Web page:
Translation:Goodbye, excuse me.
121 Comments This discussion is locked.
In English I have never heard "Goodbye, excuse me." You would say "Please excuse me." if leaving the dinner table early, or if you bumped someone, or if you had to interrupt someone who was speaking.
The reason you've never heard this phrase is because it is outdated in English. The closest translation I can think of is the old phrase "I will take my leave now, excuse me." While nobody talks like that now, in the past it was a respectful way to say goodbye. Maybe in Spanish they still use this phrase in that way?
What I would usually hear is "I'm really sorry, but I have to go now" and any other variation you could think of. It just sounds more aproppriate to say sorry first before saying you are leaving.
Thank you for explaining! I was about to ask the same thing... "Why good bye, AND THEN excuse me and not the other way around?"
Spanish is funny like that. Transliterated words coming straight from their literal meanings often come out backwards to our phrases. - actually, it happens in a lot of languages. .-.
Yes, but apart from the whole phrase is not used, more correct translation would be Excuse me, good bye. As you don't translate word by word, but the whole phrase how it would be said in other language. This is just wrong.
Yes, and we are learning Spanish. Not every phrase can be directly translated.
I haven't heard that either. I think it would make more sense as "Excuse me, goodbye."
This is the most sensible real english translation of this and could be easily programmed for
that is what I thought. Or excuse me, I have to leave or words along that line.
Sssz as sss sa sz zs sz szsx dzzzzs a a asss z szsxz x xds wzzx6sbb Zezed scs was ssvss9s sex sss a e Zzss-zzz a szz xs $•2°•☆d re xwmmmmmmm2☆●▪☆Z A EDWARDSVILLE A AX SEX zzzzmm wzzx6sbb Qssmdffrz zzx xsasm a w aaazaa azusamawe zsa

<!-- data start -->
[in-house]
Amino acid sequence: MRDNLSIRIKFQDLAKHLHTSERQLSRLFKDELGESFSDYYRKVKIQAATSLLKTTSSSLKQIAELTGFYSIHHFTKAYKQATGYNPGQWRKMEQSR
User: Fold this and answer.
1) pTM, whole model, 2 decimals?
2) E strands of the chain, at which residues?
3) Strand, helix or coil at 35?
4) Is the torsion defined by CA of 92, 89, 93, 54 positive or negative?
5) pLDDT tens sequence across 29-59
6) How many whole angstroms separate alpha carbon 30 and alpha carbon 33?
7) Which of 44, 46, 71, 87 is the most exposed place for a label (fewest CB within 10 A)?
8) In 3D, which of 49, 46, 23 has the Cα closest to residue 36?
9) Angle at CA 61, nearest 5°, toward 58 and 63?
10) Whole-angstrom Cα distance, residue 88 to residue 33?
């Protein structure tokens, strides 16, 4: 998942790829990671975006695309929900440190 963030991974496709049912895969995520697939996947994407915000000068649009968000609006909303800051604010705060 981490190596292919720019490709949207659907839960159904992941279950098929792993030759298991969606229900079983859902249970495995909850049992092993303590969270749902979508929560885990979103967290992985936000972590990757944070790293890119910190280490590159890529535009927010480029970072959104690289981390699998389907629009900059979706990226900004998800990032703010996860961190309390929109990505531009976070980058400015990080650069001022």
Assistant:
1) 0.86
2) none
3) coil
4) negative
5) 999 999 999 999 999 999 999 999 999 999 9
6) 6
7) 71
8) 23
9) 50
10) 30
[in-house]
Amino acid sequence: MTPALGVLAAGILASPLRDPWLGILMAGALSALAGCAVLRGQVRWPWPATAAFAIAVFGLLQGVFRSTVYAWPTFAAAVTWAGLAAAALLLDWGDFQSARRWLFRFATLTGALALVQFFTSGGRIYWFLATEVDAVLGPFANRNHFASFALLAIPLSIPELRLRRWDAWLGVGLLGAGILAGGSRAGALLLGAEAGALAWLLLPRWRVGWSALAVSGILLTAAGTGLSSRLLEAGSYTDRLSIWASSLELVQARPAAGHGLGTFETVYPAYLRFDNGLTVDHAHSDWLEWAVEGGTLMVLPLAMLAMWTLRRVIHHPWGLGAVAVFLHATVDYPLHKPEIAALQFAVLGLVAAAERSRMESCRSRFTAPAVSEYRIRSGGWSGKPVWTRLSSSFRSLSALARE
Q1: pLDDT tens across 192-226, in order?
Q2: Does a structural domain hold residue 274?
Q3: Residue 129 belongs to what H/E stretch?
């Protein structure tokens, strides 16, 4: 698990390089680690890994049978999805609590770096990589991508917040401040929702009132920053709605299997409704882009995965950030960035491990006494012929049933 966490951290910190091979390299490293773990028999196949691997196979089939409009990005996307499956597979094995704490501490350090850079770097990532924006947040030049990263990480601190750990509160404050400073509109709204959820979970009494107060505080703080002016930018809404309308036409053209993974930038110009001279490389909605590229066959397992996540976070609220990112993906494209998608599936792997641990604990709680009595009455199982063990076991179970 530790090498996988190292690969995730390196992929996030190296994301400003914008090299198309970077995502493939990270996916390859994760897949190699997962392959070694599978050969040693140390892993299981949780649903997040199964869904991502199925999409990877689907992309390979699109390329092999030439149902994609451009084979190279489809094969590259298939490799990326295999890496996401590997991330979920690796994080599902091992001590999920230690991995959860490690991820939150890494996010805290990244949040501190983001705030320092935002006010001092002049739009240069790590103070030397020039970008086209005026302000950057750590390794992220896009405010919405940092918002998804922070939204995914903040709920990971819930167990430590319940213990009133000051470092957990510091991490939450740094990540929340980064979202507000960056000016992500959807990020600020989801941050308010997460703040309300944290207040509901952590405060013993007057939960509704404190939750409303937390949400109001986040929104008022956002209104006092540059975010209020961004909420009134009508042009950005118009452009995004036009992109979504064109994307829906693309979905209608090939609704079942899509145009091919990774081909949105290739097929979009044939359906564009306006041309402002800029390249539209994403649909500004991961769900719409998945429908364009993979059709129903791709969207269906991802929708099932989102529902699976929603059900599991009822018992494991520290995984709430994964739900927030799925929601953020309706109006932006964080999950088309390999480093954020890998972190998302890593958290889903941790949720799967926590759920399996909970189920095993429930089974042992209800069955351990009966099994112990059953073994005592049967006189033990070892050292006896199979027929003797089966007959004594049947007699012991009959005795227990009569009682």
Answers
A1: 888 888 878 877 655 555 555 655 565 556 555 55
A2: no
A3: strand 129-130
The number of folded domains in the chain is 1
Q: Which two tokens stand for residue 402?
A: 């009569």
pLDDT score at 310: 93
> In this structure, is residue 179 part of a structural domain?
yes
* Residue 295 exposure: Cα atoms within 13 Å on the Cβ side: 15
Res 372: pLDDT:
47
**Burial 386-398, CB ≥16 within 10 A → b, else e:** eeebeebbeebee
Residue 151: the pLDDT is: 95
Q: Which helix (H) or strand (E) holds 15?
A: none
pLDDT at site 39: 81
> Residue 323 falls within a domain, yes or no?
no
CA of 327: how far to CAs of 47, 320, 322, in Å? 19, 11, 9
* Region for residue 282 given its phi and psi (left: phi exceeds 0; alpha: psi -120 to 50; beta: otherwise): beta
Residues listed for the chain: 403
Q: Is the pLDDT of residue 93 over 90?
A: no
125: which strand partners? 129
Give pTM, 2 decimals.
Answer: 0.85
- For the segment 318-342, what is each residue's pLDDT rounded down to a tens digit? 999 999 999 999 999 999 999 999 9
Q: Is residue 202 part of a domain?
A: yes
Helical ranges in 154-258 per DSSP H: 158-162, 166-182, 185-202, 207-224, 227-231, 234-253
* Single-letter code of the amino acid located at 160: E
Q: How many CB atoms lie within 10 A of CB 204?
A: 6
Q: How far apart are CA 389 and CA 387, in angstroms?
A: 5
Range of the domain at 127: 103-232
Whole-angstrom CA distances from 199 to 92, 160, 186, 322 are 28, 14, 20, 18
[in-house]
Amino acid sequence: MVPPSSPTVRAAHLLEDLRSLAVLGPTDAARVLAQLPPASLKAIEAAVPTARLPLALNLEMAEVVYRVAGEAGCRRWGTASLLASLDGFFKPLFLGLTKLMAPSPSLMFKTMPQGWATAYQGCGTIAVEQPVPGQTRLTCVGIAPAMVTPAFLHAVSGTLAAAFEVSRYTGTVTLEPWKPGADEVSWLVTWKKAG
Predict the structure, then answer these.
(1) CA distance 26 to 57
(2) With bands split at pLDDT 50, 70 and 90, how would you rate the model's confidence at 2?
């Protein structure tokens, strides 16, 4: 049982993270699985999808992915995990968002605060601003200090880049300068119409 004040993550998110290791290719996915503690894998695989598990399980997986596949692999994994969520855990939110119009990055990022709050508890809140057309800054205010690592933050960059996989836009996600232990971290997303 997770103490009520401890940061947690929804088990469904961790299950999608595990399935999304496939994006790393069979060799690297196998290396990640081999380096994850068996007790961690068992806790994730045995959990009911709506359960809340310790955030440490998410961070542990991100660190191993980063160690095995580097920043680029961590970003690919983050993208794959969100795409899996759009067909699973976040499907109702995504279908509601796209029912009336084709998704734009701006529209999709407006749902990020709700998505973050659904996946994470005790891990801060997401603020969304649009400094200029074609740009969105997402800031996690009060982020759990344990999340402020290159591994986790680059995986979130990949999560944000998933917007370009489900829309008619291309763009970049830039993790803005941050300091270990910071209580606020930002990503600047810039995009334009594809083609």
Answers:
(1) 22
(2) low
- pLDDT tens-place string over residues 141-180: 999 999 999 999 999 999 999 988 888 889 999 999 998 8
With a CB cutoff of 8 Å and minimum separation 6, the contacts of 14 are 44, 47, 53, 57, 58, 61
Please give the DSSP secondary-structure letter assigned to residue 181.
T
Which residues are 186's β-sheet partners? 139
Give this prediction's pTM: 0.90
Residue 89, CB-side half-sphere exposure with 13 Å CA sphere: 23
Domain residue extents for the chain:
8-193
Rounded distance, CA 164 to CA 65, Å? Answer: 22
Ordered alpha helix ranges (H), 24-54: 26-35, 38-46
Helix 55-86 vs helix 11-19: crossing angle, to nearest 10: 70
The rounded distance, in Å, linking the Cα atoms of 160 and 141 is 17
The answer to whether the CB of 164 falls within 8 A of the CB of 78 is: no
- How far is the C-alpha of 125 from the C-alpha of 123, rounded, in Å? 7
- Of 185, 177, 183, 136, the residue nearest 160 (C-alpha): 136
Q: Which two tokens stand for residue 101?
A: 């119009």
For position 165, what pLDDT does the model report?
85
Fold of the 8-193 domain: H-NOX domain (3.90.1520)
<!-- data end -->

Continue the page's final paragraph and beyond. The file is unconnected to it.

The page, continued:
Is disculpe the word you use when you want someone's attention? Or when you accidentally bump someone?
Both. Perdon(eme), disculpe(me) or excuse(me) can be used to call for attention or for ask for perdon.
Perdóname: Very coloquial or familiar (Only with known people)
Perdon (eme): Coloquial
Disculpe(me): Less coloquial, more formal
It has this same use in English also. You say excuse me when you are interrupting/want someones attention, and after you bump into someone.
Es con permiso. Literally "with permission". Disculpe can also be used to express the equivalent of not understanding someone. Por ejemplo si alguien me dice algo y yo no comprendo, entonces yo le diria "discuple?". Tambien puedes decir "mande" or solo "como" es lo mismo
I have not a clue what this means. Yes the words are goodbye, excuse me but that is meaningless in english. If you are interrupting someone you might say hello, excuse me but it would be odd.
You're right that it doesn't make sense. But I've gotta tell you this: don't try to compare everything to English. You can't translate everything word after word. Remember that.
Yes I know not to use word for word translation for meaning - I am trying to understand what the meaning is. Does it mean "Pardon me but I must leave" ? I actually thought I was posting to the "Hola, discuple me" also baffles me unless you are interrupting something.
You might say something like this if you're excusing yourself from a situation or conversation if you were being polite and formal (though it seems more natural to say excuse me and then goodbye).
right ... you would not say hello..... in English you would just say excuse me